Cancer treatments rarely kill all tumor cells. In glioblastoma, as with many other highly recurrent cancers, tumor cells that escape treatment develop multiple genetic adaptations, or mutations, that allow them to proliferate.
The gene-editing technology CRISPR shows early promise as a therapeutic strategy for the aggressive and difficult-to-treat brain cancer known as primary glioblastoma, according to findings of a new study from Gladstone Institutes.
Using a novel technique they’ve dubbed “cancer shredding,” the researchers programmed CRISPR to zero-in on repeating DNA sequences present only in recurrent tumor cells — and then obliterate those cells by snipping away at them.
Working with cell lines from a patient whose glioblastoma returned after prior treatments, the team used CRISPR to destroy the tumor cells while sparing healthy cells.
Building from their earlier research, the Gladstone team surmised that these mutated cells have a unique genetic signature that could be targeted.
Using computational methods to analyze whole genomes of cancer cells, the team dove deep into the non-coding DNA to identify repetitive code all of them shared, even if they harbored a different variety of mutations.
Then, armed with that data, they were able to guide CRISPR to the mutated cancerous cells and destroy them.
“We see CRISPR as a gateway to a new therapeutic approach that won’t be subject to the possibility of tumor cell escape,” Fellmann says.
Until very recently, CRISPR has been used mainly in the development of therapies or as a valued research tool, but not as a treatment modality in itself.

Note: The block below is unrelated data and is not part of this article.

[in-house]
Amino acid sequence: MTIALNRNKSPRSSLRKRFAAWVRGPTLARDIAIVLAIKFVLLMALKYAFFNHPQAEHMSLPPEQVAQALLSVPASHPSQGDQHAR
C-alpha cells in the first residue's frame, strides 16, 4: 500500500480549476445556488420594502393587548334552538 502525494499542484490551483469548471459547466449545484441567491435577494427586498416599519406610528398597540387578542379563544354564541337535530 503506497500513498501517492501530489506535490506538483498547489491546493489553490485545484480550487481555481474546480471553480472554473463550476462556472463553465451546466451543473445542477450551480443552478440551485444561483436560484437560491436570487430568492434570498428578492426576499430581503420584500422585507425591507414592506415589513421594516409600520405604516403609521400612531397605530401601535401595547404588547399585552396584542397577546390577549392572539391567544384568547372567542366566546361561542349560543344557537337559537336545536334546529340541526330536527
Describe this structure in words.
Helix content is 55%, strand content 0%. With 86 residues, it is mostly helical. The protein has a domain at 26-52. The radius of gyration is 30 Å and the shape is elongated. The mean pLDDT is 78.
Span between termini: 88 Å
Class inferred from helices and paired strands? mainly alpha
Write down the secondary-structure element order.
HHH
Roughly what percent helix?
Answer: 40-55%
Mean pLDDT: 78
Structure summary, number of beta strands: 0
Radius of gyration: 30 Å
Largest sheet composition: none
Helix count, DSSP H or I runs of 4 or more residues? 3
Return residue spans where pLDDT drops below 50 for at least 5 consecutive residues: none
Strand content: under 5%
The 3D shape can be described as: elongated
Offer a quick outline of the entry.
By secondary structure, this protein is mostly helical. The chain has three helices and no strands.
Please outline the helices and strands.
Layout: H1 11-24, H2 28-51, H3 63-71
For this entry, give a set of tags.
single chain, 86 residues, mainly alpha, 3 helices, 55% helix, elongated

That changed in mid-November when UK regulators approved the first CRISPR-based therapy, which is designed to cure sickle cell disease and beta thalassemia.
Among the remaining challenges are determining how CRISPR should be delivered to patients with glioblastoma, and how to ensure no unintended off-target effects.
But despite the unanswered questions, first author I-Li Tan, PhD — who completed the study as a postdoctoral researcher in Doudna’s Gladstone lab and focused on brain cancer as a PhD student — says she feels hopeful about a disease that has vexed scientists for more than a decade.
“We understand so much today about glioblastoma and its biology, yet the treatment regimens haven’t improved,” Tan says.
“Now we have a precise way to target the cells that are driving the cancer, and we hope this may one day lead to a cure.”
I-Li Tan, Alexendar R. Perez, Rachel J. Lew, Xiaoyu Sun, Alisha Baldwin, Yong K. Zhu, Mihir M. Shah, Mitchel S. Berger, Jennifer A. Doudna, Christof Fellmann. Targeting the non-coding genome and temozolomide signature enables CRISPR-mediated glioma oncolysis. Cell Reports, 2023; 42 (11): 113339 DOI: 10.1016/j.celrep.2023.113339
Gladstone Institutes. “CRISPR-powered ‘cancer shredding’ technique opens new possibility for treating most common and deadly brain cancer.” ScienceDaily. ScienceDaily, 27 November 2023. <www.sciencedaily.com/releases/2023/11/231127132449.htm>.
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